I Was Injured in a Hit-and-Run and the At-Fault Driver Can’t Be Located, Now What?

Vehicle accidents can be terrifying, particularly if there are any injuries or property damage to contend with. In general, most people are able to secure compensation if they are involved in an accident caused by the negligent actions of another driver. However, hit-and-run accidents are not uncommon in and around our area. Here, we want to talk about what you can do if you have been involved in an accident caused by a hit-and-run driver that cannot be located by law enforcement.

Hit-and-run Accidents are not Uncommon

According to the Washington Department of Transportation, we can see that there were more than 111,000 total vehicle accidents during the latest reporting year across the state. However, while the DOT keeps track of many statistics related to vehicle accidents, one thing they do not make public is how many accidents involve hit-and-run drivers. The National Highway Transportation Safety Administration (NHTSA) has said that a hit-and-run crash occurs in the US approximately every 43 seconds.

Any type of hit-and-run offense in Washington is against the law. Depending on the severity of the incident, a person could face misdemeanor or felony charges for striking another vehicle and fleeing the scene. All drivers in Washington are required to stop when an accident occurs. In this state, drivers are required to report an automobile accident if any of the following occurs (Washington Codes (Motor Vehicles) § 46.52.030):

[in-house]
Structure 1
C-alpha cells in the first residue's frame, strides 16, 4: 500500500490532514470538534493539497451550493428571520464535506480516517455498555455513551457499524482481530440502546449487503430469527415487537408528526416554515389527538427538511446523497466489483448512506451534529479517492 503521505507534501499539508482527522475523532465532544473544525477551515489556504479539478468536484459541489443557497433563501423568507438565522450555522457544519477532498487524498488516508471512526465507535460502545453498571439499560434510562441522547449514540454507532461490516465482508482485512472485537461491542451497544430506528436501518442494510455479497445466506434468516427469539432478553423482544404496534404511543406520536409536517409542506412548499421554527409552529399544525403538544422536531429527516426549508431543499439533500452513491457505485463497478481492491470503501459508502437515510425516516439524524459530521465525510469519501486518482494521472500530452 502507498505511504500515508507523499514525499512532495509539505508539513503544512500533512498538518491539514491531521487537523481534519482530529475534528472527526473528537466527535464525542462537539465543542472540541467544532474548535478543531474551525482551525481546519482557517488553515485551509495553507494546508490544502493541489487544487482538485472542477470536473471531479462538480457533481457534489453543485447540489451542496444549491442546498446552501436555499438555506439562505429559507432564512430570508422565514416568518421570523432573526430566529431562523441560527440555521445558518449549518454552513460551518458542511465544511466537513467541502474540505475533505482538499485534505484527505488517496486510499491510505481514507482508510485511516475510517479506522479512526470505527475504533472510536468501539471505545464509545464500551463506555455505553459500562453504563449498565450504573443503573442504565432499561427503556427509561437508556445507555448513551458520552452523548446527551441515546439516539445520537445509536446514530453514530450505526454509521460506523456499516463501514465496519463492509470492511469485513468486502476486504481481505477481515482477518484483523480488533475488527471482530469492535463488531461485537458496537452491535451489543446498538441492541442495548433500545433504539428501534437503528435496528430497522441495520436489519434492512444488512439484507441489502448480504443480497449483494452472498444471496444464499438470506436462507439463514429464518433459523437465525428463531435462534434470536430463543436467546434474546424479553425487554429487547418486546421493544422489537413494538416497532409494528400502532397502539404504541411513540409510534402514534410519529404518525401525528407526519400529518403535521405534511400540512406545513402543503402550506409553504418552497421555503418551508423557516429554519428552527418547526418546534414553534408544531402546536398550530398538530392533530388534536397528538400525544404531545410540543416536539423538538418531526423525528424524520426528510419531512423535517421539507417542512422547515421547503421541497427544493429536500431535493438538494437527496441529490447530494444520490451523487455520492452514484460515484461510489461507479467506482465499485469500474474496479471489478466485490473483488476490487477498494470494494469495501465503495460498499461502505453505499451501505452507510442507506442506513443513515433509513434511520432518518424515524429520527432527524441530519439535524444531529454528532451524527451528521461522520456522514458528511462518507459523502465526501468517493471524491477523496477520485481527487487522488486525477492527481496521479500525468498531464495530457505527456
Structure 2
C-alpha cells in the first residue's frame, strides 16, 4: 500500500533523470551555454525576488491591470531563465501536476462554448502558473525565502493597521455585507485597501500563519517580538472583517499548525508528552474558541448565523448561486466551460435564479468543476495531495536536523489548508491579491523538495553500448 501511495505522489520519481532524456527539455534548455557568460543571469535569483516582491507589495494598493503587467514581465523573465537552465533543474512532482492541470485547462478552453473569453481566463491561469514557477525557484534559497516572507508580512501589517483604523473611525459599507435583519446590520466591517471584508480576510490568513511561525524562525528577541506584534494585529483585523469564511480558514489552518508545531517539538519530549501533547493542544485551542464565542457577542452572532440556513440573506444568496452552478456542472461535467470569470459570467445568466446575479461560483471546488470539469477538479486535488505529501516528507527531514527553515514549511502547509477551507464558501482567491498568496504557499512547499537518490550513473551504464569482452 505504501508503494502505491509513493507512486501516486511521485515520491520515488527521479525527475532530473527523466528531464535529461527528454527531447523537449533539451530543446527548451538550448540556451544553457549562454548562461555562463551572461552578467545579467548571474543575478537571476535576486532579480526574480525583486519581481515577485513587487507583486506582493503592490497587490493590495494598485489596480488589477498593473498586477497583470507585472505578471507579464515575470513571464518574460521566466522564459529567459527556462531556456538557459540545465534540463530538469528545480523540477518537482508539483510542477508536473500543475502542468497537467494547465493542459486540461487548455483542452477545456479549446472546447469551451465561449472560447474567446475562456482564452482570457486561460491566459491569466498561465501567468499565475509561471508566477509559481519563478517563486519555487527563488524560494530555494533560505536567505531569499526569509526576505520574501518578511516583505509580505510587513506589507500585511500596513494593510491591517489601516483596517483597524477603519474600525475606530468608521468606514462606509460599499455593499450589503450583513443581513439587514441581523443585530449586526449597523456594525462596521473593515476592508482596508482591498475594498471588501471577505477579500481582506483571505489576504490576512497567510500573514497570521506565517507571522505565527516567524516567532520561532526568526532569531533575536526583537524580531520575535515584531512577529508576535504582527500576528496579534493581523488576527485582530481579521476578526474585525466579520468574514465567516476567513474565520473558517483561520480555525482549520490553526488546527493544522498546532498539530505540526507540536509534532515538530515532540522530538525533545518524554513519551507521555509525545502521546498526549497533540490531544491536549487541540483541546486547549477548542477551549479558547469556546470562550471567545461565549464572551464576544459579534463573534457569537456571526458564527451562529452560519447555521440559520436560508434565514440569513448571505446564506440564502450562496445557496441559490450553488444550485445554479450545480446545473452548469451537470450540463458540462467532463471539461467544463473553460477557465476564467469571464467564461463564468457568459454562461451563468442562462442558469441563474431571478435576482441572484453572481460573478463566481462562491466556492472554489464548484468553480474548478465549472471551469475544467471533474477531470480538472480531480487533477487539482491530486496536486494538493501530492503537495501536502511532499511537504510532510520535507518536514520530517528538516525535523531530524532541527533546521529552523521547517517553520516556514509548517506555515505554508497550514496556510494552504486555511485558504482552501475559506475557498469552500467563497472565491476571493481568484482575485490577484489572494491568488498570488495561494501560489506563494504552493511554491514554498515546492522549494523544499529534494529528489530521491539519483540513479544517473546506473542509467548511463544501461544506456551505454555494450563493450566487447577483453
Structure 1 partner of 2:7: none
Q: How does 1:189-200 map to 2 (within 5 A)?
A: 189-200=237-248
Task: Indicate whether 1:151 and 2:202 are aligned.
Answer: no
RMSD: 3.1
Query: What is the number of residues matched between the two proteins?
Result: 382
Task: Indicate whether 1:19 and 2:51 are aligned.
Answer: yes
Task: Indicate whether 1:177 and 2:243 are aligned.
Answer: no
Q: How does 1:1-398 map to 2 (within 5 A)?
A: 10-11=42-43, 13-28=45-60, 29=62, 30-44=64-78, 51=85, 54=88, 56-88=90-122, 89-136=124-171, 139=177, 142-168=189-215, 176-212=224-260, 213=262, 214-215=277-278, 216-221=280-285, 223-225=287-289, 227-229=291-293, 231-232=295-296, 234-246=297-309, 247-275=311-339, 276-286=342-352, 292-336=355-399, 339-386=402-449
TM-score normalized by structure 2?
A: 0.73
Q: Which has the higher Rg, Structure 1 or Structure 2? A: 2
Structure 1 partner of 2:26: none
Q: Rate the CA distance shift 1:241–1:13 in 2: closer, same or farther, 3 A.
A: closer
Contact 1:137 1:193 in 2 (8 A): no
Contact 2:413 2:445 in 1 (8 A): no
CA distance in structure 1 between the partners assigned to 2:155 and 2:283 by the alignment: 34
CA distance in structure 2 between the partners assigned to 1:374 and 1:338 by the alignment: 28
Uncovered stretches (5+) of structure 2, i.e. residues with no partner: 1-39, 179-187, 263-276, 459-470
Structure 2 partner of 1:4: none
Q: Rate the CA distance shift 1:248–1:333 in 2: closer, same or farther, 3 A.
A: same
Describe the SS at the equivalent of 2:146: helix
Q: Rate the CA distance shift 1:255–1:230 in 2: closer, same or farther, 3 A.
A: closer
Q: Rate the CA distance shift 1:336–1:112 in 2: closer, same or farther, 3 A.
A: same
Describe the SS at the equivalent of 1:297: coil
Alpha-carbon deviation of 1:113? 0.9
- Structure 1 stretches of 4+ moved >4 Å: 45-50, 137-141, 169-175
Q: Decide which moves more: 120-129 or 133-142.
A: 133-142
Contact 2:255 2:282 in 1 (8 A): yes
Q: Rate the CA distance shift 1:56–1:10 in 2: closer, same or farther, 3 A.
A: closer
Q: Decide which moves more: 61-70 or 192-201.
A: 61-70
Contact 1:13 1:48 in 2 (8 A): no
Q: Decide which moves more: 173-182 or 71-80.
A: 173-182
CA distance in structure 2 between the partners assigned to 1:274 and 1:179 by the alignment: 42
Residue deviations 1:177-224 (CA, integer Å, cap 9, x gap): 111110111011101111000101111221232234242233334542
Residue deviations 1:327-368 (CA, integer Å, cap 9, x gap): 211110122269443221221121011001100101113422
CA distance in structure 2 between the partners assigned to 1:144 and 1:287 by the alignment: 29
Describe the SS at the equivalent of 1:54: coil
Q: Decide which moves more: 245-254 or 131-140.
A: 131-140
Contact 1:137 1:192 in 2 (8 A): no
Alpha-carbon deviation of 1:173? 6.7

• Death
  • Injury
  • Property damage of $700.00 or more

What to Do if You are in a Hit-and-Run Accident

If you have been injured or sustained property damage in a hit-and-run accident in Washington, your number one priority should be ensuring that you received medical care. Do not, under any circumstances, try to chase down a driver that attempts to flee the scene. That is the job of the police. By seeking immediate medical care, you are ensuring your well-being while also establishing a direct link between your injuries and the crash.

You need to call 911 to report the crash. When you are talking to the dispatcher to let them know where the crash occurred, let them know that the other driver involved fled the scene. Try to tell the dispatcher as much as you can remember about the other driver, including their physical description as well as a description of their vehicle (make, model, color). It is okay if you do not remember all of the details.

We encourage drivers who are able to do so at the scene of a crash to use their phone or another type of camera to take photographs of anything that could be relevant to the case. This could include:

  • Vehicle damage
  • Skid marks or debris
  • Possible causes of the crash
  • Injuries

If there were any eyewitnesses to the crash, you should try to get their names and contact information so they can provide statements to law enforcement officials or the insurance carrier(s).

Check Your Insurance and Call an Attorney

You will want to check your vehicle insurance policy to see whether or not you carry uninsured motorist coverage. If you do, then you will likely be able to cover most of your medical bills caused by the incident. Additionally, if you carry basic personal injury protection (PIP), then you will also have additional coverage for your immediate medical needs.

We also suggest speaking to a skilled Seattle car accident attorney who has experience handling hit-and-run crashes. An attorney can use their resources and work with law enforcement officials and other parties involved to help ensure that you receive compensation if other routes become available. If the hit-and-run driver is caught, an attorney will be able to explore all options, including the driver’s insurance carrier or a personal injury lawsuit.